Focus is important You still need focus; there has to be emphasis on key areas in order to ‘chunk’ the content so that it is more easily learned. That emphasis will now have to come from articles written by examiners, examiner reports and syllabus weightings. These weightings, and perhaps even the learning outcomes, will 20

If the exam changes how you study has to change too, says Stuart Pedley-Smith

be our guide. As far as question style is concerned, that knowledge will have to be gleaned from the questions and answers published. It may not be ideal but it’s the best we can do for now. It would be helpful if the professional bodies could supply more information about how the objective test exam is designed; for example, the number of ‘difficult’ questions included (questions are graded as to the level of difficulty), or whether there an equal mix of calculation and narrative questions, a maximum word count for a question, and so on. Exam preparation – what can you do? The good news is that in some ways little has changed. Revision is still vital, question practise essential and the process of what has to be done in the run up to the exam is similar. The exam has to comply with the syllabus weighting, which means you should take the topics and prioritise them using the weighting as a guide. Then look within those topics and check if there are examiner articles or any specific areas highlighted as being poorly attempted in the past. For objective tests, this is not as powerful as it used to be, but it will still help give some focus. The next step is to organise your

practice questions in line with the syllabus, although you will find that most published question banks are already structured in this way. You are then ready to start working through the questions, very much as you would have in the past. For objective test, it’s all about volume – you need to cover as many different variations on ways of asking a question relating to a particular topic. In addition, make sure you practise answering questions online, as you don’t want to turn up to the exam and be confused by how different it feels. If your exam is a case study, it’s worth looking at a couple of past cases to give an idea of style and volume, and to get a feel for what good answers look like. But most of your effort needs to go into the current case, exploring as many angles as possible. Although in theory anything can be asked, analysing and working through the main themes is a big help – for the case to have credibility there are only so many worthy questions to ask. One final thought: exams may change but they are equal. Everyone is in the same boat but by taking the right approach you will be giving yourself a better chance of exam success. PQ • Stuart Pedley-Smith is Head of Learning at Kaplan Financial PQ Magazine December 2017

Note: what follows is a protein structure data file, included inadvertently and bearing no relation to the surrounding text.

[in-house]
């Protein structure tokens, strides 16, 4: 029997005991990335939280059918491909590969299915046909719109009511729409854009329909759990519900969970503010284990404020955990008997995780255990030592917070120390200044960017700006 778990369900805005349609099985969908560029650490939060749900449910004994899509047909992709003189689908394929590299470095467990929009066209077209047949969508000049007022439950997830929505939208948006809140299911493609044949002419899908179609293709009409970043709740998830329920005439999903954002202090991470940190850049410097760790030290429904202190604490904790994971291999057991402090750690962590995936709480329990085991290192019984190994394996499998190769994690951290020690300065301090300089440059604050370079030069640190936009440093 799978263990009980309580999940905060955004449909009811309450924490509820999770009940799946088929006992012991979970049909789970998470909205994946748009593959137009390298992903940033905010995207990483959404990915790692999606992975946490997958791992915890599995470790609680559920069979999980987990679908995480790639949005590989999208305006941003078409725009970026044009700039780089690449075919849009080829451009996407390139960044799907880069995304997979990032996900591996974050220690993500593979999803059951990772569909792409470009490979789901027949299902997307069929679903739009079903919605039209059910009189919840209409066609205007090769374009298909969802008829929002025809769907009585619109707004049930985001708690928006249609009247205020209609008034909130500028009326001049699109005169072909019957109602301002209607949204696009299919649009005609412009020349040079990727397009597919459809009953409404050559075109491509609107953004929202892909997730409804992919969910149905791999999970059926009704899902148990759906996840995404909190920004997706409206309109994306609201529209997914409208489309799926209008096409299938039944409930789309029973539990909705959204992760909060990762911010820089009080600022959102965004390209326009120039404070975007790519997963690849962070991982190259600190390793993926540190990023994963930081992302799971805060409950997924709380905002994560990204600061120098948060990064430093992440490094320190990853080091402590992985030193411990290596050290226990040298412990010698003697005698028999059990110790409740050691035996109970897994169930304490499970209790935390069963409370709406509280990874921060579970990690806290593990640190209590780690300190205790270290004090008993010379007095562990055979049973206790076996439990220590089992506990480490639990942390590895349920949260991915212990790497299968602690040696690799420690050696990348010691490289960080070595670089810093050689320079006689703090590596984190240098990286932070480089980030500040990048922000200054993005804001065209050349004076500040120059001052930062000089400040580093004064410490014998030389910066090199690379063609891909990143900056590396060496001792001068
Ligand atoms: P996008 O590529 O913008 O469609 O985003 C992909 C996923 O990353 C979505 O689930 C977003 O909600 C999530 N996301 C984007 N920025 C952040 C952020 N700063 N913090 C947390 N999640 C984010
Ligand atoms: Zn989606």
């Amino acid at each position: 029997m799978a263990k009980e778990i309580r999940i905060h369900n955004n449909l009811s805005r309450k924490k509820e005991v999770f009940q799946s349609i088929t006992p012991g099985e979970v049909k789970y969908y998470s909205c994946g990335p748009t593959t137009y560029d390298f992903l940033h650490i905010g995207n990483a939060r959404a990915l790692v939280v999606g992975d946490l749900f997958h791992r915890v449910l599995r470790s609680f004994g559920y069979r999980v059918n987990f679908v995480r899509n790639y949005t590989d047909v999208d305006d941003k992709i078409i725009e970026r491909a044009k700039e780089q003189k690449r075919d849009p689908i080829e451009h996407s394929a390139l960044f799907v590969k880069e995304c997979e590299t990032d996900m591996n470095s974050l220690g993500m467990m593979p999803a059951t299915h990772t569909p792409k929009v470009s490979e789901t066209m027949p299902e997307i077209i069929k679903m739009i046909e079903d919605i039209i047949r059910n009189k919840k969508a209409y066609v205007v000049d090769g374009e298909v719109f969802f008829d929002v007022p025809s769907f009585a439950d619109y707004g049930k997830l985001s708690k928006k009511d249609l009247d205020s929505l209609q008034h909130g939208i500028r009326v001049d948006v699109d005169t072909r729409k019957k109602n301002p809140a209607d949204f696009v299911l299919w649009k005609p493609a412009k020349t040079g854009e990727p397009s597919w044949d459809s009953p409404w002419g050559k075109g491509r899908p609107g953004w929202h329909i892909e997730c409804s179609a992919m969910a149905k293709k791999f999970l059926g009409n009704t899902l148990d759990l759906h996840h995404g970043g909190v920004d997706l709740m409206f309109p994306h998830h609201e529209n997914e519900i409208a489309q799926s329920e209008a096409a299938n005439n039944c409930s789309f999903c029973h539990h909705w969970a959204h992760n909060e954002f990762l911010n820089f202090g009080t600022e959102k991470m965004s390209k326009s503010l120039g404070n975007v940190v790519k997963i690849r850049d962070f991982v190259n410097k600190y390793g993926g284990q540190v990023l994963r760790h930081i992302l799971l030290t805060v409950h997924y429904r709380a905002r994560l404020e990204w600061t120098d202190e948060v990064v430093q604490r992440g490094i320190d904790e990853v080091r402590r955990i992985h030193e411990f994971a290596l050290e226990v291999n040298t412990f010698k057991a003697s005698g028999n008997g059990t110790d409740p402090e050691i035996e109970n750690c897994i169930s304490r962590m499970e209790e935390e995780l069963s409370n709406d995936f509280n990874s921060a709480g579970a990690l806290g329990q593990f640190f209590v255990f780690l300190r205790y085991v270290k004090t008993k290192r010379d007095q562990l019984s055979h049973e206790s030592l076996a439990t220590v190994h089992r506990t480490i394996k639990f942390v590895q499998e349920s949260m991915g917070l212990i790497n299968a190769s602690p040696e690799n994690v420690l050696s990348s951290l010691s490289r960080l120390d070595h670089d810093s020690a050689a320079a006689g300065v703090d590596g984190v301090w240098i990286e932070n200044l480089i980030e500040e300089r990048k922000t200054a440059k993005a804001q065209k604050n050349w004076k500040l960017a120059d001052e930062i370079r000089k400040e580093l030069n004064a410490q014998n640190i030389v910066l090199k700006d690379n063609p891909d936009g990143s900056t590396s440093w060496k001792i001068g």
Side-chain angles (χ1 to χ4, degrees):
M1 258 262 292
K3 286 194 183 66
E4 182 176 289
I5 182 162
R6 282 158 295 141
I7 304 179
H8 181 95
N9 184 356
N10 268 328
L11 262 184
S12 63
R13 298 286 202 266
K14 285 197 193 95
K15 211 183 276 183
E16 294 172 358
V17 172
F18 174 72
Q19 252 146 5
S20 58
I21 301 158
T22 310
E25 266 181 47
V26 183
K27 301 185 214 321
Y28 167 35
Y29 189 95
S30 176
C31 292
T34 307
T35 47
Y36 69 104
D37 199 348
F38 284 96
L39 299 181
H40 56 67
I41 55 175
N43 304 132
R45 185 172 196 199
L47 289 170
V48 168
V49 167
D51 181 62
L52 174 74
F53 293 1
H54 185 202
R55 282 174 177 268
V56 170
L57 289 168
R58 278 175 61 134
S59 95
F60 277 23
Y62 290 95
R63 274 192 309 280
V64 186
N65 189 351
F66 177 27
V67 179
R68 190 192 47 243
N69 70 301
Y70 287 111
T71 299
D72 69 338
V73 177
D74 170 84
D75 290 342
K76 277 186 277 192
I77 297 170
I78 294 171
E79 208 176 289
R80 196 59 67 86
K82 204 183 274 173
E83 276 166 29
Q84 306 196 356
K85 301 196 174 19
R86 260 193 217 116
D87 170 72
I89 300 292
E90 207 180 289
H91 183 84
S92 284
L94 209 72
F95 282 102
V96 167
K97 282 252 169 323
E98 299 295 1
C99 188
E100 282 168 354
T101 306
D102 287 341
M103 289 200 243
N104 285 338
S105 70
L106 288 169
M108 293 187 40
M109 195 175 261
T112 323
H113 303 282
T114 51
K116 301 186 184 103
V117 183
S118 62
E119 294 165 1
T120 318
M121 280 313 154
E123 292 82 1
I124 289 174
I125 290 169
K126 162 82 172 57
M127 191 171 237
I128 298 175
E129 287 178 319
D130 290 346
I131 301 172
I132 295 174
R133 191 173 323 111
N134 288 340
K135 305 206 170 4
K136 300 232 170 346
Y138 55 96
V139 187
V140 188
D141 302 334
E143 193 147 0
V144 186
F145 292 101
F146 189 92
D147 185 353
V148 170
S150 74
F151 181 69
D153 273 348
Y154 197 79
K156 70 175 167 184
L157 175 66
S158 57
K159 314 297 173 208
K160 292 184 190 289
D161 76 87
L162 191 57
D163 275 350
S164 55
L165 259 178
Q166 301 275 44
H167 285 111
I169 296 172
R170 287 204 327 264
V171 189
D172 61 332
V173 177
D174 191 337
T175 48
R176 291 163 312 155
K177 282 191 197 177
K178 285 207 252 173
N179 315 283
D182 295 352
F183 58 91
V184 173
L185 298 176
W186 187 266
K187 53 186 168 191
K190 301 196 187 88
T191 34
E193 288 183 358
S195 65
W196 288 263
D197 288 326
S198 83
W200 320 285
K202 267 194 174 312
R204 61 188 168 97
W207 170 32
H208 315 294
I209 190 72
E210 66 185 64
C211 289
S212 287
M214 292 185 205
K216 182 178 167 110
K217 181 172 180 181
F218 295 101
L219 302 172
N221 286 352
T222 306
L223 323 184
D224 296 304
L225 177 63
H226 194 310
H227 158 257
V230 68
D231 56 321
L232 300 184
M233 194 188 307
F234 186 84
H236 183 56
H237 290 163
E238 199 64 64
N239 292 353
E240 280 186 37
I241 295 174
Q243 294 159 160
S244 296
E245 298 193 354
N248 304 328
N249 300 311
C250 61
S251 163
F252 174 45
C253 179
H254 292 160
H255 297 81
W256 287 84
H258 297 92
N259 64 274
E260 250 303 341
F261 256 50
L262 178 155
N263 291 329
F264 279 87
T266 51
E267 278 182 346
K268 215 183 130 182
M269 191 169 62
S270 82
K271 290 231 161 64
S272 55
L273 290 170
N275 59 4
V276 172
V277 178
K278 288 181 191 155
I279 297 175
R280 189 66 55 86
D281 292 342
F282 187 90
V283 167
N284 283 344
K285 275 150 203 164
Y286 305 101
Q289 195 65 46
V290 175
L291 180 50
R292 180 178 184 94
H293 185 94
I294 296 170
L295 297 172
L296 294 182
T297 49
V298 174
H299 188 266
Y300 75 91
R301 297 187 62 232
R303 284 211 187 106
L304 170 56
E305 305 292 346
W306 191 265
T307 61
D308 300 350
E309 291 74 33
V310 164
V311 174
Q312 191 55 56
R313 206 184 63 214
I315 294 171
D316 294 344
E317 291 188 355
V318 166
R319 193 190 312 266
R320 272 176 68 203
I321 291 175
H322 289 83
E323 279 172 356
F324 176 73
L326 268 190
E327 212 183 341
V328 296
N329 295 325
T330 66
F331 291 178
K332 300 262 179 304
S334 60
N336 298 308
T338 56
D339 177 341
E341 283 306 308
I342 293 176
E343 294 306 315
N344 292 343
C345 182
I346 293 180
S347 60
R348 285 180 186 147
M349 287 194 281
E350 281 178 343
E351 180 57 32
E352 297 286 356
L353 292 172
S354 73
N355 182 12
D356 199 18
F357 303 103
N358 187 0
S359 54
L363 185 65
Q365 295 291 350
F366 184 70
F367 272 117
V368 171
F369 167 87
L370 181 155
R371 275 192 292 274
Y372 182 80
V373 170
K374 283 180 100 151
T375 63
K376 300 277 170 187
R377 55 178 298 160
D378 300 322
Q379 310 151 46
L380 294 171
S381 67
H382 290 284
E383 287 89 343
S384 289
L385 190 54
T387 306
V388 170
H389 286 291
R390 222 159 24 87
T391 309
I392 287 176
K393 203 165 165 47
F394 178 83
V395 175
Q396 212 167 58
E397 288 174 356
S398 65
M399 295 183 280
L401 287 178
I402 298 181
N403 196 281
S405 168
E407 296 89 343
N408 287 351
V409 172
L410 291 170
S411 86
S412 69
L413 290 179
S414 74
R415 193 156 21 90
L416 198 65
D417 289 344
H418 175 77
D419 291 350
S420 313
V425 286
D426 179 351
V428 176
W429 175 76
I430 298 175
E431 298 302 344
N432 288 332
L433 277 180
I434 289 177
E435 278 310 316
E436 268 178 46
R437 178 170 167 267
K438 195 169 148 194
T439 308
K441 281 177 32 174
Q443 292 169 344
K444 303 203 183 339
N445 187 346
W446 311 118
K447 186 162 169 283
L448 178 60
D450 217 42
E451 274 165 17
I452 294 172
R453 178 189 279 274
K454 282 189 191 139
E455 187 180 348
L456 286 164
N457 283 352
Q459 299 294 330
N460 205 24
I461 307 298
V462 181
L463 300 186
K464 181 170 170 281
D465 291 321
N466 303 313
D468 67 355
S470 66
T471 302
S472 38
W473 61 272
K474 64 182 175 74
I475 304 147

ACCA exam tips PQ

Winter is coming and with them the ACCA December exams. Here are some helpful tips from top tutor BPP

P1 • The idea of section A’s one 50marker is to test all three main syllabus areas. This question is typically broken down into four written requirements. • There are four professional marks available here too. • Still use the notional 15 minutes to plan the big 50-marker question above all others! • Read the examiner’s articles. Recent exams have tested his features on corporate social responsibility (CSR) strategy and strategic CSR. • Stakeholder, ethical and other CSR theories as well as the use of risk, control and governance syllabus content, especially relating to board directors, remuneration and reporting. • Bribery and corruption, environmental risk or poor ethical stance could feature here, too. P2 • Preparation statement of financial position. • A group statement of profit of loss and other comprehensive income, which may include a foreign subsidiary, discounted activities, disposals and/or acquisitions. • Expect some accounting complications, such as financial instruments, pensions, share-based payment and impairments. • There is sure to be discursive requirements on a linked accounting adjustment and social/ ethical/moral aspects of corporate reporting. • A multi-part question covering a range of topics or a theme such as fair value measurement, deferred tax, foreign currency transactions, financial instruments, pensions, share-based payments, non-current assets, borrowing costs, the effect of accounting treatments on earnings per share or ratios. • Industry-based question testing a